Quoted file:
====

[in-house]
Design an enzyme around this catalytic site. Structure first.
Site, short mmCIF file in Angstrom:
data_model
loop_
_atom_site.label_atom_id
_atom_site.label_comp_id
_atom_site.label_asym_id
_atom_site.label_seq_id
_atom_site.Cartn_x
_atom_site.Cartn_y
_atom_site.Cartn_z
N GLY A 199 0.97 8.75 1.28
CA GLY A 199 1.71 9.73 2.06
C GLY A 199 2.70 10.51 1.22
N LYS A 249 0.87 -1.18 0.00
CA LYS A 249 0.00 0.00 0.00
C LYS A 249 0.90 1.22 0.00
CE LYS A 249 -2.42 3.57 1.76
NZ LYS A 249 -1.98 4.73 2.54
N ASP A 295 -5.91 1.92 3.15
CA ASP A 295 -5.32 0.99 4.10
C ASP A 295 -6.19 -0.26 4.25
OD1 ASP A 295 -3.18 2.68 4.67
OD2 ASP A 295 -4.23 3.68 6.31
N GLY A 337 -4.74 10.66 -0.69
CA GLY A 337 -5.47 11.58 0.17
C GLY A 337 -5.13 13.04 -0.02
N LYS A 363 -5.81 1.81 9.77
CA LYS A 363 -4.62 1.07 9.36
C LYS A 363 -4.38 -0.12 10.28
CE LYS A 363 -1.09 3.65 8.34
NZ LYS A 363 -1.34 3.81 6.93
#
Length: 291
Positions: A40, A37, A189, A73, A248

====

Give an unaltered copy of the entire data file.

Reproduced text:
[in-house]
Design an enzyme around this catalytic site. Structure first.
Site, short mmCIF file in Angstrom:
data_model
loop_
_atom_site.label_atom_id
_atom_site.label_comp_id
_atom_site.label_asym_id
_atom_site.label_seq_id
_atom_site.Cartn_x
_atom_site.Cartn_y
_atom_site.Cartn_z
N GLY A 199 0.97 8.75 1.28
CA GLY A 199 1.71 9.73 2.06
C GLY A 199 2.70 10.51 1.22
N LYS A 249 0.87 -1.18 0.00
CA LYS A 249 0.00 0.00 0.00
C LYS A 249 0.90 1.22 0.00
CE LYS A 249 -2.42 3.57 1.76
NZ LYS A 249 -1.98 4.73 2.54
N ASP A 295 -5.91 1.92 3.15
CA ASP A 295 -5.32 0.99 4.10
C ASP A 295 -6.19 -0.26 4.25
OD1 ASP A 295 -3.18 2.68 4.67
OD2 ASP A 295 -4.23 3.68 6.31
N GLY A 337 -4.74 10.66 -0.69
CA GLY A 337 -5.47 11.58 0.17
C GLY A 337 -5.13 13.04 -0.02
N LYS A 363 -5.81 1.81 9.77
CA LYS A 363 -4.62 1.07 9.36
C LYS A 363 -4.38 -0.12 10.28
CE LYS A 363 -1.09 3.65 8.34
NZ LYS A 363 -1.34 3.81 6.93
#
Length: 291
Positions: A40, A37, A189, A73, A248